Midas: The Four-Eared Cat With a Big White Heart
Four tiny paws, four cute ears, and a beautiful heart!
Midas' uniqueness reminds us that beauty lies in our differences
I am a dog person but a cat owner. Well, not quite. You do not own your cat; your cat owns you!
How weird is that? I digress. Let me explain.
Am I a dog or a cat person?
I am a forty-year-old writer living with a tabby cat. Mia is the first cat I have shared the household with.
Yes, dear reader, the place is not even mine; it’s hers. Mia lets me sleep in her bed every night, but most of the time, she’s in charge.
I still love dogs, they are the most trustworthy creatures on this planet, and they give you back every second of their lives unconditionally.
Dogs never get mad at you because you are their alfa, and they live to make you happy.
On the other hand, Cats are some of the most devious yet “purrfect” creatures in the world.
According to science, cats are far more intelligent than we realize. Popular articles often present cat cognition with a negative spin, whereas research suggests that domestic cats, like dogs, have developed a range of behaviors that facilitate their interaction with humans.
“I have studied many philosophers and many cats. The wisdom of cats is infinitely superior.” — Hippolyte Taine
At least in my ongoing relationship with Mia, I never know if she wants to cuddle with me or if she’s sneakily concocting with an AI algorithm to enslave us all and rule the world.
When she looks at me with those green eyes, all that misconception crumbles, and I realize cat perception is not negatively charged. Like any other domestic cat, Mia has a set of behaviors designed to facilitate interaction with humans.
Mia is adorable, even if she is slightly bipolar, and I love her even if my living room couch looks “claw-ful”
I now look at cats from a new angle and am increasingly one of those digital nomads who finds a cat photo on Instagram and lingers there for a while, fascinated by these overwhelmingly cute balls of fur.
I used to love dogs, and then I met Mia. She is turning me into a cat person too.
This morning I checked Instagram while Mia nibbled my toes under the covers, and suddenly there she was, Midas, the four-eared kitten.
Midas reportedly inherited that unique trait from her parents through a recessive gene mutation.
Midas' name originates from the Phrygian king, who, according to legend, was known for his long “donkey-like” ears.
Donkey-ears King Midas
According to Greek mythology, King Midas once took his place among the judges of a musical contest disputed between Apollo, the god of music, and Pan, the god of hunters, shepherds, and the wild.
Apollo’s lyre was superior to any other instrument. Hence, the mountain god Tmolos awarded the victory wreath to Apollo. Midas contested the decision in favor of Pan.
Apollo was furious and turned Midas’ human ears into donkey ears, saying: “An ear that cannot distinguish beautiful music cannot be a human ear; it befits you to be donkey-eared.”
Four-eared cat Midas
So that’s the back story of how Midas, the four-eared cat, got that name.
The little one is only four months old and weighs “2065 grams of happiness.”
That is according to the cat's mom, Cemre Polat, who started publishing on social media to show the daily life of the kitten with four fluffy ears.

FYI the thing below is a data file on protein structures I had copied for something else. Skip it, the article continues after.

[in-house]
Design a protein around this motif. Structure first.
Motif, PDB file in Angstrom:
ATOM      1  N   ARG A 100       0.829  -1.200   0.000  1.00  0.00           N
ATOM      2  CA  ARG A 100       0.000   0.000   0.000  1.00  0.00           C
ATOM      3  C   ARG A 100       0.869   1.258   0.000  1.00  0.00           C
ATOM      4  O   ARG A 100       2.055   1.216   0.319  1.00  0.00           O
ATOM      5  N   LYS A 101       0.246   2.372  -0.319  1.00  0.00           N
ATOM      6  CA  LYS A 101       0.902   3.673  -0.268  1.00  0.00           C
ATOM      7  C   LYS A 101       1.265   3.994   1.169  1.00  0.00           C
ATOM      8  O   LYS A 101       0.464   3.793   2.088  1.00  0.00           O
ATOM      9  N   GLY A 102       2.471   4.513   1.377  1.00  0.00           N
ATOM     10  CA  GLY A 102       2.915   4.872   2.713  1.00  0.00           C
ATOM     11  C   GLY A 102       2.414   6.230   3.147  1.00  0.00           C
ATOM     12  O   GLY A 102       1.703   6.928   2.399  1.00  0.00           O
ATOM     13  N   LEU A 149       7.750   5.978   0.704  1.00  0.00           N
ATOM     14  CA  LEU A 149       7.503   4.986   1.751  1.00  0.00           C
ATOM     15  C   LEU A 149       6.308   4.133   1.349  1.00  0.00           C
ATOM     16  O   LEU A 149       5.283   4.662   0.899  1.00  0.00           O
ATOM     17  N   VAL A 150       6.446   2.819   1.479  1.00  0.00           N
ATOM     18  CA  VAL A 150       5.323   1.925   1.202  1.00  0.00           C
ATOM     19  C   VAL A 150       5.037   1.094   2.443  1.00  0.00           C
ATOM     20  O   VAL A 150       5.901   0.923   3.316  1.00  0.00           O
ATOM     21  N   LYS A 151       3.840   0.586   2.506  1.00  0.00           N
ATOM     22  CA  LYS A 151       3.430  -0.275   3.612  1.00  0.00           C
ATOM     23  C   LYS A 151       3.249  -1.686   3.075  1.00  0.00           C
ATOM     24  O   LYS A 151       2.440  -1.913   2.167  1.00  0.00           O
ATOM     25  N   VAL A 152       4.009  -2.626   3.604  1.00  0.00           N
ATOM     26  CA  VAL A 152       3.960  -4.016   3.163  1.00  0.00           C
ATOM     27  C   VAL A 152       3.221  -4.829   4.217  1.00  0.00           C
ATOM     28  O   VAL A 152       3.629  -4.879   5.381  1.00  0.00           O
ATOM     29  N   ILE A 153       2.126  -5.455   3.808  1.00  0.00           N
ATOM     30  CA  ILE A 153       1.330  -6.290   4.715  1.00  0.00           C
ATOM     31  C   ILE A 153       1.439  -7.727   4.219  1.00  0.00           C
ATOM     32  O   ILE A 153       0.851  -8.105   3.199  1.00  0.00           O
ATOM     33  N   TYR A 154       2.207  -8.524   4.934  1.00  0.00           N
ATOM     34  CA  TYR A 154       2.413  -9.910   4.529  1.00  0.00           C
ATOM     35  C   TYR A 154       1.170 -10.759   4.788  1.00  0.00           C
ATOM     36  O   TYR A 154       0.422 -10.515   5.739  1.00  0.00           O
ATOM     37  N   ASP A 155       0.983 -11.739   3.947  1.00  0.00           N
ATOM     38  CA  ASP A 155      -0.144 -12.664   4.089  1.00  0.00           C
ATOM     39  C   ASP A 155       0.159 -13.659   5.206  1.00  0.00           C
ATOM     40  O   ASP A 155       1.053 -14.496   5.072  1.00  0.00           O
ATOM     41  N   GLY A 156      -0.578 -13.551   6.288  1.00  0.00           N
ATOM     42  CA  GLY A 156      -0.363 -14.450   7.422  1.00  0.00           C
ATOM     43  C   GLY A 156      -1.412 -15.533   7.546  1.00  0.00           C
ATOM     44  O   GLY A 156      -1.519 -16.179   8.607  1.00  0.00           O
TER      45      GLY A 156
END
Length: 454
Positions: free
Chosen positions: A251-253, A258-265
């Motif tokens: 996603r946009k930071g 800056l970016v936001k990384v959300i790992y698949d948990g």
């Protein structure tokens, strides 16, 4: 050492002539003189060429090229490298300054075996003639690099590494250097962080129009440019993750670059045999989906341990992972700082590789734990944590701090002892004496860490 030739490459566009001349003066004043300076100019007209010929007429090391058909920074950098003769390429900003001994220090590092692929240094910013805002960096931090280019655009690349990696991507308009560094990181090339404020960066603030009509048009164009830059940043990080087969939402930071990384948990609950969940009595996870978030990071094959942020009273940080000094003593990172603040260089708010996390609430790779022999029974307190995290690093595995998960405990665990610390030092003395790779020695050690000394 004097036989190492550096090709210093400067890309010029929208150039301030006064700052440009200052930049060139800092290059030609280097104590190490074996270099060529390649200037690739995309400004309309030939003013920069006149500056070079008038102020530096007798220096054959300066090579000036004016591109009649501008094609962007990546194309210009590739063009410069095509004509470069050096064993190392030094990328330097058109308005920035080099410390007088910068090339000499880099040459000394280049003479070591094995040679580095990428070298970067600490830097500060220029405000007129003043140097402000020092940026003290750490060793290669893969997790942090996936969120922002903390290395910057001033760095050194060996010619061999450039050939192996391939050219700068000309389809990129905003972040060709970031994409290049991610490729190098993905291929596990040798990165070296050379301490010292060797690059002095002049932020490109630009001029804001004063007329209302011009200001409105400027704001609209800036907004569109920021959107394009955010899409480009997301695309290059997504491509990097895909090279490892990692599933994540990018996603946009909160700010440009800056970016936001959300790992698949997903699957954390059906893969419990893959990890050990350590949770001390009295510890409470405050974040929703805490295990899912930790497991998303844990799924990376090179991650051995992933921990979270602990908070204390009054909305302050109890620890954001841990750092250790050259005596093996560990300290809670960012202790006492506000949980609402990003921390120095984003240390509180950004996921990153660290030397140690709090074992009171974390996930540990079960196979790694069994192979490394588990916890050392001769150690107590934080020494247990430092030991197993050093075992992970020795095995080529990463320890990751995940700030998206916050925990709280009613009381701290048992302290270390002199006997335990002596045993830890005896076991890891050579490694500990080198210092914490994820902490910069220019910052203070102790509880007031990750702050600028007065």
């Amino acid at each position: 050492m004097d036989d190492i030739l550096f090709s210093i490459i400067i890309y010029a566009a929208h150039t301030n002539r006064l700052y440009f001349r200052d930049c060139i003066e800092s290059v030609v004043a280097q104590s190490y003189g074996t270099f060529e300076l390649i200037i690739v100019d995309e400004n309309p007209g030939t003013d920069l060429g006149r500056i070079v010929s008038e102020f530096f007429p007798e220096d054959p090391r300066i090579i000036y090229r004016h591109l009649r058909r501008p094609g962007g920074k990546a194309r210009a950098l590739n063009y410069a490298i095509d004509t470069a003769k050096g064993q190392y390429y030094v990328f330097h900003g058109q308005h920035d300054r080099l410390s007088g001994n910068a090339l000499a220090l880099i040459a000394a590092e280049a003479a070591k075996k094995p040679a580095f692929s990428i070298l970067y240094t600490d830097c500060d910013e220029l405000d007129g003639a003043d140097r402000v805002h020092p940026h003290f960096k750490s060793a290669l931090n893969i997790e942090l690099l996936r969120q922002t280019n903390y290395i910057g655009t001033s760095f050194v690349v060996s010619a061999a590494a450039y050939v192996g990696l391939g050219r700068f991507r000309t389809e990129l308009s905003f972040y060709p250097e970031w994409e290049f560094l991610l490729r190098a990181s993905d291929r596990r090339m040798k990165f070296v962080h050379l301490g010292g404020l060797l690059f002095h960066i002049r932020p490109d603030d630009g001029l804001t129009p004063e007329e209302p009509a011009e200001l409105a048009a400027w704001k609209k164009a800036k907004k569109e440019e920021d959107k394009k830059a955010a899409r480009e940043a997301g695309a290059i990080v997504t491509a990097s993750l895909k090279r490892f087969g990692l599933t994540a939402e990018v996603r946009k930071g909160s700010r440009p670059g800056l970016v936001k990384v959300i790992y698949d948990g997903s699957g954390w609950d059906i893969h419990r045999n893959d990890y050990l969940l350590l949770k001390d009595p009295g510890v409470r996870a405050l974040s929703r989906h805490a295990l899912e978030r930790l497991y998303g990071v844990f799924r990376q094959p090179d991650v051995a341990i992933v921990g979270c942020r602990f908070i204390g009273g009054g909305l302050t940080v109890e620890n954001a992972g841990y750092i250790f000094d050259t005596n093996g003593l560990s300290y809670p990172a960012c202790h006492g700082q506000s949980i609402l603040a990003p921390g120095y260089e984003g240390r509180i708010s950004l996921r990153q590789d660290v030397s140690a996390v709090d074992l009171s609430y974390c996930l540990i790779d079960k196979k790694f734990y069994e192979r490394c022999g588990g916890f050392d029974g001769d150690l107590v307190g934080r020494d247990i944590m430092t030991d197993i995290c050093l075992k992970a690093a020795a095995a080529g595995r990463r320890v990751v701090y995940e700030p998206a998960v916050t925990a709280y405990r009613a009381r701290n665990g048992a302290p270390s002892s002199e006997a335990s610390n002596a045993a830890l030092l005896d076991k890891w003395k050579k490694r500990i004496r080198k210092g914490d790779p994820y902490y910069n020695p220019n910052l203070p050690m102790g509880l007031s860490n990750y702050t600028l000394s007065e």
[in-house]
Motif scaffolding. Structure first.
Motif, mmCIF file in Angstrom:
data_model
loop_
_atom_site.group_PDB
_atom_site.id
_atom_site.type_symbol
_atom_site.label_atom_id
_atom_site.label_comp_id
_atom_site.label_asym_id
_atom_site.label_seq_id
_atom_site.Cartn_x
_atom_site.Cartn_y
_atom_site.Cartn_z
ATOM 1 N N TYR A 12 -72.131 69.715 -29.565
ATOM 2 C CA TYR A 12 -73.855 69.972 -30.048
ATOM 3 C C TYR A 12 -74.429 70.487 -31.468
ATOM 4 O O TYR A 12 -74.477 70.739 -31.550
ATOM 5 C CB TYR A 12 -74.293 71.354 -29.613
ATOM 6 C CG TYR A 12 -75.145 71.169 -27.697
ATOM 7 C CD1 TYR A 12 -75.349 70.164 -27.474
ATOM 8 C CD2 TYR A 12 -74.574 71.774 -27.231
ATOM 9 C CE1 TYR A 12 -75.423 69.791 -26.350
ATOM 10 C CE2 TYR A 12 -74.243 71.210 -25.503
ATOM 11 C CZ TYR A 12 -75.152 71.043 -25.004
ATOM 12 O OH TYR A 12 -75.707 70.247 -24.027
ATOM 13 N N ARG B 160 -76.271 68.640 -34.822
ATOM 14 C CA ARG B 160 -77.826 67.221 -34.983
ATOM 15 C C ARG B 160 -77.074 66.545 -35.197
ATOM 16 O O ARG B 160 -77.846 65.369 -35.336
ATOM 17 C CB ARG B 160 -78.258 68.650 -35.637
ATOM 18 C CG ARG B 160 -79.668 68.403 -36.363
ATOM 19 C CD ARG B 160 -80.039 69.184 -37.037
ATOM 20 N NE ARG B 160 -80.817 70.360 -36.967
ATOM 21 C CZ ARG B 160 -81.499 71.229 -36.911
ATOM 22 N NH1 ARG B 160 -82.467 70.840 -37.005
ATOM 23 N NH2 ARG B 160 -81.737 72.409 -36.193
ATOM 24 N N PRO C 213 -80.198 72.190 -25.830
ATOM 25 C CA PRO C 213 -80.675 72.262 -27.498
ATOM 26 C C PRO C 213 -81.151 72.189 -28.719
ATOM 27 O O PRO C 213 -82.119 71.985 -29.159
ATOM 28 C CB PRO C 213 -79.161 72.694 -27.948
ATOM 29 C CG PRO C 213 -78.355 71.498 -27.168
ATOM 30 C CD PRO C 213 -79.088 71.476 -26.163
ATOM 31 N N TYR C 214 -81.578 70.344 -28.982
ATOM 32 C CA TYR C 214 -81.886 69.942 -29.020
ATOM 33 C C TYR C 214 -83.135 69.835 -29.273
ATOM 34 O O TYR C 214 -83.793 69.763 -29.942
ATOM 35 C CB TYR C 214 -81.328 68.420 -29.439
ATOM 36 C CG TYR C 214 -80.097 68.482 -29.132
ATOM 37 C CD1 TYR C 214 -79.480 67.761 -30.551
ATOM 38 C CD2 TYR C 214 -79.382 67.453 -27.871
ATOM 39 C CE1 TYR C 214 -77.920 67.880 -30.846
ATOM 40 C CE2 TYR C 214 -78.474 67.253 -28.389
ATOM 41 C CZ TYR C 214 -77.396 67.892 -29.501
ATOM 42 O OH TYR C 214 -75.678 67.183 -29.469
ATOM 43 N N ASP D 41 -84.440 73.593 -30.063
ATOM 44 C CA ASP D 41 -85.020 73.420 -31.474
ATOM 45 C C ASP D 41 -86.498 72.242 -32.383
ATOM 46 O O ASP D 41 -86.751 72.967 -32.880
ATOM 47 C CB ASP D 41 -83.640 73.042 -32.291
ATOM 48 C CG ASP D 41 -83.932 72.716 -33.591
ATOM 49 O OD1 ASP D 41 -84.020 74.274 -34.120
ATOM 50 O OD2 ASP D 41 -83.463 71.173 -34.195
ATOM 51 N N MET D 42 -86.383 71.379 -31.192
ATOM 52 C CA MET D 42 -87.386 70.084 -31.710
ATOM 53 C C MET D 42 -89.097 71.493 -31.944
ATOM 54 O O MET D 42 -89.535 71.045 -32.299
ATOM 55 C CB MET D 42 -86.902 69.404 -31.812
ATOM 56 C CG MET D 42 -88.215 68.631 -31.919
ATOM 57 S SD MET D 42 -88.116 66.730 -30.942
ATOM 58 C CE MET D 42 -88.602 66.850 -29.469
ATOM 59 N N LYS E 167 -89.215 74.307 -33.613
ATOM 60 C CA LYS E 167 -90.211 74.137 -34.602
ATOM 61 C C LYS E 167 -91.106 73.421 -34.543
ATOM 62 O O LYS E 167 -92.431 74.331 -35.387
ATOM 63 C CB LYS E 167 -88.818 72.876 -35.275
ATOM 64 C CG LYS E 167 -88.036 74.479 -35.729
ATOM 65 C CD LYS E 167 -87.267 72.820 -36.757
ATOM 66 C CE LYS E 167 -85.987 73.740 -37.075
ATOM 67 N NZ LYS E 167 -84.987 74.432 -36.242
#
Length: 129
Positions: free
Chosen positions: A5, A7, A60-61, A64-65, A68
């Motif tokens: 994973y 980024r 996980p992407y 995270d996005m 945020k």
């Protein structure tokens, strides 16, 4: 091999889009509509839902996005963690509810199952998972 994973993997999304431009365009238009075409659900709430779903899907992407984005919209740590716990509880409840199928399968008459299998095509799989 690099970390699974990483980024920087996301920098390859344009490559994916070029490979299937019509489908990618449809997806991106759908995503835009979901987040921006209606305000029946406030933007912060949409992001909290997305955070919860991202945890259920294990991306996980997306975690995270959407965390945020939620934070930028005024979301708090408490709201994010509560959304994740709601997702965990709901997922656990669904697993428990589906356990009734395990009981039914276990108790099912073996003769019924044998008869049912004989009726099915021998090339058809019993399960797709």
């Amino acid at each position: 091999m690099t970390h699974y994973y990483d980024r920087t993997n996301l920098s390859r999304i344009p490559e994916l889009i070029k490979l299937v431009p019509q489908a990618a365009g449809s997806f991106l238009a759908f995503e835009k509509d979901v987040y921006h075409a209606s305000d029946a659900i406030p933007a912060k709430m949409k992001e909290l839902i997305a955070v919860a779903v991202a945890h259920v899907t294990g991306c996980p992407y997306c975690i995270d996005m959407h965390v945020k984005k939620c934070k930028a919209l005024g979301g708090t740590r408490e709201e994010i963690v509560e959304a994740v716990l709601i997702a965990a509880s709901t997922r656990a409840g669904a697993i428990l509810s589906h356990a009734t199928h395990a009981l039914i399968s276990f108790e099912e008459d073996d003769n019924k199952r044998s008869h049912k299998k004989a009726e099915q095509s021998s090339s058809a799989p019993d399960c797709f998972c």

According to Cemre, Midas has no hearing problems. Her smaller ears still have a vestigial pinna (made of cartilage and covered by skin, fur, or hair) but no external ear canal or eardrum.
Cats are sensitive to sound. With their broad hearing spectrum, they can hear better than humans and even better than most dogs. Midas’ extra pair of ears does not give her superpowers, just incredible cuteness.
Related story: 4-eared cat Yoda
Even though this condition is rare, Midas is not the only kitten with four ears out there.
I already knew about Yoda and how almost everyone rejected him because of his weird-looking ears. His brothers and sisters were all gone, and only Yoda was left in the litter until he happened to find a forever family in Ted and Valerie, who had recently lost their cat of 20 years.
The cat no one wanted would become so famous that the owners were forced to keep him in the household because they were too afraid Yoda would be kidnapped.
The heartwarming stories of Midas and Yoda remind us how special our furry friends on four paws are, no matter what they look like, because animals see past the difference and four-eared cats to others of their kind or their canine sister are perfect just the way they are.
Let us not forget that, shall we?
“In the end we are all separate: our stories, no matter how similar, come to a fork and diverge. We are drawn to each other because of our similarities, but it is our differences we must learn to respect.” — Johann Wolfgang Von Goethe
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*Ryugo, D. K., & Menotti-Raymond, M. (2012). Feline deafness. The Veterinary clinics of North America. Small animal practice, 42(6), 1179–1207. https://doi.org/10.1016/j.cvsm.2012.08.008
Greene, K. (2011). “Cats vs. dogs: which pet is smarter?,” in Mysteries of Science: Amazing Animals, ed. US News & World Report (Washington, DC: US News & World Report)
Shreve, K. R. V., and Udell, M. A. R. (2015). What’s inside your cat’s head? A review of cat (Felis silvestris catus) cognition research past, present, and future. Anim. Cogn. 18, 1195–1206. https://doi.org/10.1007/s10071-015-0897-6.
Article originally published by the author here.